In 2018 two cases that Eran dealt with whilst working in the West Midlands Complex Casework Unit were featured in the acclaimed BBC documentary ‘The Prosecutors’. One of the cases involved the trafficking and exploitation of children and resulted in the first convictions under the Modern Slavery Act 2015 for offences involving children. As a direct result a number of children were able to remain in social services care and start to rebuild their lives. The publicity generated by the case also raised the profile and awareness of this type of criminality. The other case featured was the first to successfully use drone GPS data to prosecute an organised crime group using drones to fly items into prisons.
Eran was awarded an OBE in the 2019 New Year’s Honours List for services to law and order and also received the Public Engagement Award at the 2019 CPS National Staff Awards for her work in positively supporting and enhancing the reputation of the CPS.
In November 2019 Eran received an honorary doctorate in law from the University of Law.
Carly is a specialist family law barrister conducting public law Children Act 1989 cases of significant complexity on behalf of local authorities, family members and children. Carly was Called to the Bar in 2003.
Carly was appointed to sit as a Recorder (Family) in 2016 and was authorised to sit as a Deputy High Court Judge (Family Division) in 2019.
Carly sits as an Assistant Coroner in Northumberland (since 2013) and in Newcastle Upon Tyne (since 2015) and has particular expertise in cases with complex medical and expert evidence.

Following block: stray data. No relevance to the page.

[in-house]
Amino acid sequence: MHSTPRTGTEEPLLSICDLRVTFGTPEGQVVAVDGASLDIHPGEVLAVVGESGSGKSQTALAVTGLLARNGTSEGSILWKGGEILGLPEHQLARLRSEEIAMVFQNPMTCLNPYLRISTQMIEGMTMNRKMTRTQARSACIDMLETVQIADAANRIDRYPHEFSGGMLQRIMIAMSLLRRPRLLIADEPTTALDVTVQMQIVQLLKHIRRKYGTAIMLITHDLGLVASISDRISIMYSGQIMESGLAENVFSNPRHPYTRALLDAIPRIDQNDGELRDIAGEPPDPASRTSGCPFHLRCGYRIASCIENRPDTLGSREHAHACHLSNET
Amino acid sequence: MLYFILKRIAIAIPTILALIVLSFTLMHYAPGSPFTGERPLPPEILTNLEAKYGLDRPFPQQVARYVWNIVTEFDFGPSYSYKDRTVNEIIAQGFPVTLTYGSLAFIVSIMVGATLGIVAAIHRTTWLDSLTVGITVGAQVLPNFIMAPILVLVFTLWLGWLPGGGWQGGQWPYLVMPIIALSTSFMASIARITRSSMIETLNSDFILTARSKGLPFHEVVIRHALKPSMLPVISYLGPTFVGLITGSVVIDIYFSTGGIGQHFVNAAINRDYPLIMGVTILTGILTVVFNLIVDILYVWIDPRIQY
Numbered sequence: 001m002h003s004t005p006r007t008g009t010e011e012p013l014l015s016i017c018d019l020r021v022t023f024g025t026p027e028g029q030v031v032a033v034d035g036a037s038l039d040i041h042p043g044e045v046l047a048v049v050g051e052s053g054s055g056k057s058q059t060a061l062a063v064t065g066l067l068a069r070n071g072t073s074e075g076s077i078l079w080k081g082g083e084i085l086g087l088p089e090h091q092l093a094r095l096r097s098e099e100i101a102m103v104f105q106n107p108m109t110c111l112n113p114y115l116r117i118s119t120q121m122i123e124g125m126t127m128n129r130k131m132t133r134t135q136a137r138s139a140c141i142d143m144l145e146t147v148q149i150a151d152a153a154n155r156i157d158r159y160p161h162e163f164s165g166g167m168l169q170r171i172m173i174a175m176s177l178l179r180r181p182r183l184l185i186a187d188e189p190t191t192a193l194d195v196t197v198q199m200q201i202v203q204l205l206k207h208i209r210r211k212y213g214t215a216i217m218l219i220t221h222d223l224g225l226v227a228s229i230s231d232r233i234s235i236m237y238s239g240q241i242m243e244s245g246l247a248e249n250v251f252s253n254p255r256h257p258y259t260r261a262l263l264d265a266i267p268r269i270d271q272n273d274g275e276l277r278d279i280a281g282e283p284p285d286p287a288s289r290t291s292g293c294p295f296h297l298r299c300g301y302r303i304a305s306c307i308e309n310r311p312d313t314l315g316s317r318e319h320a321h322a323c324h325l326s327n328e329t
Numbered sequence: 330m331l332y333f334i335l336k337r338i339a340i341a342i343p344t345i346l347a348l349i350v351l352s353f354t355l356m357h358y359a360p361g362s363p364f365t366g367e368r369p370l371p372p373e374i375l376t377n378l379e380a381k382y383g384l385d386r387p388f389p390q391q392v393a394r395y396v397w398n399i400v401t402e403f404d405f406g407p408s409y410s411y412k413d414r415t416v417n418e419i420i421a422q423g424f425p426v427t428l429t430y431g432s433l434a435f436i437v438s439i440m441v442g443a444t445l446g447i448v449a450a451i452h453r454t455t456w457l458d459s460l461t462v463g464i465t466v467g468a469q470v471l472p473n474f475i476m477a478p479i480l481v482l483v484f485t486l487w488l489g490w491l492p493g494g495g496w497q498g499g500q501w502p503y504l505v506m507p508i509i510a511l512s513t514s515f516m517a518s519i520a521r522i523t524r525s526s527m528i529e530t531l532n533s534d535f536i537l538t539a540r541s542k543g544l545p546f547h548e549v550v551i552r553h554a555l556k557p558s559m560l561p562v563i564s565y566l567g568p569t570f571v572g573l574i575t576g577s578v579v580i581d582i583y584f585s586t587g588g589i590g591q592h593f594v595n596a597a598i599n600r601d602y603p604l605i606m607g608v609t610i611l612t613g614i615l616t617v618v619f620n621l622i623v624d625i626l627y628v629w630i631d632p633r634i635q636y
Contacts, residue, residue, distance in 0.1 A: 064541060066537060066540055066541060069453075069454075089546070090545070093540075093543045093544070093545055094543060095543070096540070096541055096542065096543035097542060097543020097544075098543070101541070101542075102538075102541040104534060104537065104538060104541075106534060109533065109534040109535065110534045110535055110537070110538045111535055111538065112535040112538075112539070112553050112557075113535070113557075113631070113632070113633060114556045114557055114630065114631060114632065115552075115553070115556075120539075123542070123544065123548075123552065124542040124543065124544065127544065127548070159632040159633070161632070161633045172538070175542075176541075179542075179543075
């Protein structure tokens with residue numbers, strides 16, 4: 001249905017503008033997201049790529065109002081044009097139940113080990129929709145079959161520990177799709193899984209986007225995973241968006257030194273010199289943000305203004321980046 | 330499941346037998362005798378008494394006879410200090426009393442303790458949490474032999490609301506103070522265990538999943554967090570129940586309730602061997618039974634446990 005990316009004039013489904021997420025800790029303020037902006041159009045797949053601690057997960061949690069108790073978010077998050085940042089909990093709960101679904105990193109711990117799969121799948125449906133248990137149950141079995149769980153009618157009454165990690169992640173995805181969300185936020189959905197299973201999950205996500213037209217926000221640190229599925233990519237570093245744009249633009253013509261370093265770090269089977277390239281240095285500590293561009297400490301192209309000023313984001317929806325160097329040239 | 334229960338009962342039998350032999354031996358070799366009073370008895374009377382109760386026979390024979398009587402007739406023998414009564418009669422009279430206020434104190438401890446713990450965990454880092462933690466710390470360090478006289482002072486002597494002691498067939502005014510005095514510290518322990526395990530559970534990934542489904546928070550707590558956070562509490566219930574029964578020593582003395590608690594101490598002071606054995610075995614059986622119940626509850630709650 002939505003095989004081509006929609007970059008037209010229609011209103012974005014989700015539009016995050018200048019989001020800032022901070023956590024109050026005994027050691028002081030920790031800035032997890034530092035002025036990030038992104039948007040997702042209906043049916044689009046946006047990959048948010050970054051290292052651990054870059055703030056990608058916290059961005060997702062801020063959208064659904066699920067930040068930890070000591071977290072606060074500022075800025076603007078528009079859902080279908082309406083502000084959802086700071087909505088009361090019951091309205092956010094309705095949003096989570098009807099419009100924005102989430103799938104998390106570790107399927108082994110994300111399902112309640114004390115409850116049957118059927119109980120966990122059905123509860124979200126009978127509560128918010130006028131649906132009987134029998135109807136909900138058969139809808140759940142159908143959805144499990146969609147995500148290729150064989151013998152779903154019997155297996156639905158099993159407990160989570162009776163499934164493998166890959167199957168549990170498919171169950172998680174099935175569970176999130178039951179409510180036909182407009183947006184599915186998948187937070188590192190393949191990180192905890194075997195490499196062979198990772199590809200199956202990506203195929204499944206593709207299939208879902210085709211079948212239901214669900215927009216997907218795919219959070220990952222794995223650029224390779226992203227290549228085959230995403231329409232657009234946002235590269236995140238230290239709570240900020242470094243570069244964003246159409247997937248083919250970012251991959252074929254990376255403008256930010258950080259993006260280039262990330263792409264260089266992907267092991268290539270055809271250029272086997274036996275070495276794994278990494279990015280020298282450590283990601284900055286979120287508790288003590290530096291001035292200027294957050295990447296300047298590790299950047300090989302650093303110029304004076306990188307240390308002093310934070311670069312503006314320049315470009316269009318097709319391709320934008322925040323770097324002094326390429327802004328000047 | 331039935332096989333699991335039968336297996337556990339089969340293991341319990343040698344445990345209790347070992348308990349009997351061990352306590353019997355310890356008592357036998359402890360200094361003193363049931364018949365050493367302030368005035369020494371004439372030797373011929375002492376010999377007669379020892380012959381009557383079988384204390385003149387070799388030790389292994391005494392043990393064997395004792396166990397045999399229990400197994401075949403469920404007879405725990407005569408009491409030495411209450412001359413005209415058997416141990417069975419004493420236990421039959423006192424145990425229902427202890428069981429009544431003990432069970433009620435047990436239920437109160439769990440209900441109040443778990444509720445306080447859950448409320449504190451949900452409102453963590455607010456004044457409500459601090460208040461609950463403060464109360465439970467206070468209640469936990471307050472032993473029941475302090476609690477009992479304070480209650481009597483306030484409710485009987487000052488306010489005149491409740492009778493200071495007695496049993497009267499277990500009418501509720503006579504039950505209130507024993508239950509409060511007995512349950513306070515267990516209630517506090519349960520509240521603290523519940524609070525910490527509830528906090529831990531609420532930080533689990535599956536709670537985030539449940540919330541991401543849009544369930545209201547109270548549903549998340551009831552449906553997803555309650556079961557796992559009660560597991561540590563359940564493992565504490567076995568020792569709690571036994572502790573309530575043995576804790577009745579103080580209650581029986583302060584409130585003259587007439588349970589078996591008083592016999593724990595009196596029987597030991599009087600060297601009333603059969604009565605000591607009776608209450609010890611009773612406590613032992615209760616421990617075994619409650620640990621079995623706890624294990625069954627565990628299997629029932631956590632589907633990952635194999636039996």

She is instructed in cases involving significant non-accidental injuries to children, including fatalities. Carly has appeared in several high-profile cases involving the most serious forms of child abuse, including abnormal illness behaviour, systematic physical abuse and sexual abuse. Carly has acted in a number of international child abduction cases and adoptions involving a foreign element. She has appeared in a number of cases involving Reporting Restriction Orders and appeared in the first care case that was the subject of live media reporting, (the rehearing of the Fact Finding hearing concerning Poppi Worthington).
Carly has been on maternity leave from the Bar since September 2016 and has been sitting as a Fee Paid Judge exclusively since that time. Carly hears cases at Circuit Judge and High Court level and has been sitting full time in the Family Court over the course of the last 12 months to assist during the Pandemic. This has included hearing cases involving Non-Accidental Injuries, Historic Sexual Abuse, Female Genital Mutilation, deciding issues of Jurisdiction in Non-Hague Convention Country cases, Abnormal Illness Behaviour, Medical Treatment and Deprivation of Liberty authorisations.